Vexations With Wittgenstein is a new Wittgenstein blog presided over by Megan. Here is a sample from Megan’s latest post on Action and the Will:

Wittgenstein’s discussion of the will is particularly interesting because of the way he addresses the common assumption that willing is a kind of act. I would like to expand upon Wittgenstein’s claim that “‘Willing’ is not the name of an action” (137) and what this statement might mean about language.

As Wittgenstein points out, it simply does not make sense to talk about willing as an action. Perhaps, he says, it is something that I can “bring about” when I jump into water; however, it seems that the only action is jumping into water, and there is nothing separate that we can call “willing”. So is willing simply the completion of other actions, Wittgenstein asks, or is it something else?

My answer to this question is that the will is the manner in which a human being performs actions rather than an action in itself. In other words, the will is more of an adverb than a verb. The way that we use the verb “to will” in English supports this claim. We would never say, “I willed to jump in and then I jumped in,” but we might say, “I willed to jump in but I was unable to jump because my legs were paralyzed.” What these two examples show is that we only say that we willed something when we were unable to do it, so it seems that we use the verb ‘to will’ as a sort of euphemism for failure. As a further illustration of this point, consider the common response to someone who said only, “I willed to jump into the water”: we would ask, “Well, why couldn’t you actually jump?” because it is clear that the speaker must not have succeeded. Clearly we do not use the verb ‘to will’ to describe some sort of action that a human must perform in order to perform any other action.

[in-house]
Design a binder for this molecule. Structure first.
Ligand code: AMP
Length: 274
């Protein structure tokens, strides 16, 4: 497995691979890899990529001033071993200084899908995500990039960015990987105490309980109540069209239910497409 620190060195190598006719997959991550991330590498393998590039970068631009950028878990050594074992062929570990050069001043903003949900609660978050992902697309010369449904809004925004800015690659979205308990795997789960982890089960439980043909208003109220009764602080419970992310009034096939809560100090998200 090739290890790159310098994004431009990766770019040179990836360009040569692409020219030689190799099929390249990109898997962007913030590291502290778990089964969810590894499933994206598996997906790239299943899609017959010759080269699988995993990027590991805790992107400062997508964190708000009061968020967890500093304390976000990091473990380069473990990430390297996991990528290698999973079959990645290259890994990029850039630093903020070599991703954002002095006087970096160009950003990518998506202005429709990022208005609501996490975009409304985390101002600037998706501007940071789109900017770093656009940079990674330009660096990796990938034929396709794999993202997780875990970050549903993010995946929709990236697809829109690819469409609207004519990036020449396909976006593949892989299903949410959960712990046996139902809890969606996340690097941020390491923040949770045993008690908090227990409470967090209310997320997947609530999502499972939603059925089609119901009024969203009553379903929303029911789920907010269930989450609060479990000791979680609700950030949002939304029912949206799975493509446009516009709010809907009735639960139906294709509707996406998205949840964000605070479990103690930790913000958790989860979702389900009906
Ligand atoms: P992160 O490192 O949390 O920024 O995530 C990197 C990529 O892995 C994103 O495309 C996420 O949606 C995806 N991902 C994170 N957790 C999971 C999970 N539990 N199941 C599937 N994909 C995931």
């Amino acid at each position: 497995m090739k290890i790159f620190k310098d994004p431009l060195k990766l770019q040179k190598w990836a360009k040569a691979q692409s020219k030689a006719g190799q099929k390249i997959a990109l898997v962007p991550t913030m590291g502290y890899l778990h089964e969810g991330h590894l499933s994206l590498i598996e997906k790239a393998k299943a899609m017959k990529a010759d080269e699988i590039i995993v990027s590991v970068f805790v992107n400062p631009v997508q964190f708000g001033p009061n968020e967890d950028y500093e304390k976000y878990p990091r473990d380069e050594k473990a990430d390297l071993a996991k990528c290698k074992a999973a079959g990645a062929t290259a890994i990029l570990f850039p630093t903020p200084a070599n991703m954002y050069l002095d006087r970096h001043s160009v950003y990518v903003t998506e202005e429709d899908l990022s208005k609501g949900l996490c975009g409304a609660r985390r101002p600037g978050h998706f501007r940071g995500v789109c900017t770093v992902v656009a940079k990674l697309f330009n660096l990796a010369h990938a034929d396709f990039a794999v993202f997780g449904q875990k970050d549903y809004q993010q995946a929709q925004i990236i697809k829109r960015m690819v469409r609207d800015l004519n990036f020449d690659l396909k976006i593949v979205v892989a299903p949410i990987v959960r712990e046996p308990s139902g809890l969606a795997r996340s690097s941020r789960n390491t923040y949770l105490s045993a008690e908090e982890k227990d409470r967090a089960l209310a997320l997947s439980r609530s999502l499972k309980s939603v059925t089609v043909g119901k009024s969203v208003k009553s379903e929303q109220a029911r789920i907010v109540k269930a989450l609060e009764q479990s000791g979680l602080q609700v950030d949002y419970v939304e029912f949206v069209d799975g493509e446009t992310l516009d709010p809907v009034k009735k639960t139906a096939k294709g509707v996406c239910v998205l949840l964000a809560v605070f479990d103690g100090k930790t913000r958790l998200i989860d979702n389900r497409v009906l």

–Read my comment on Megan’s post here.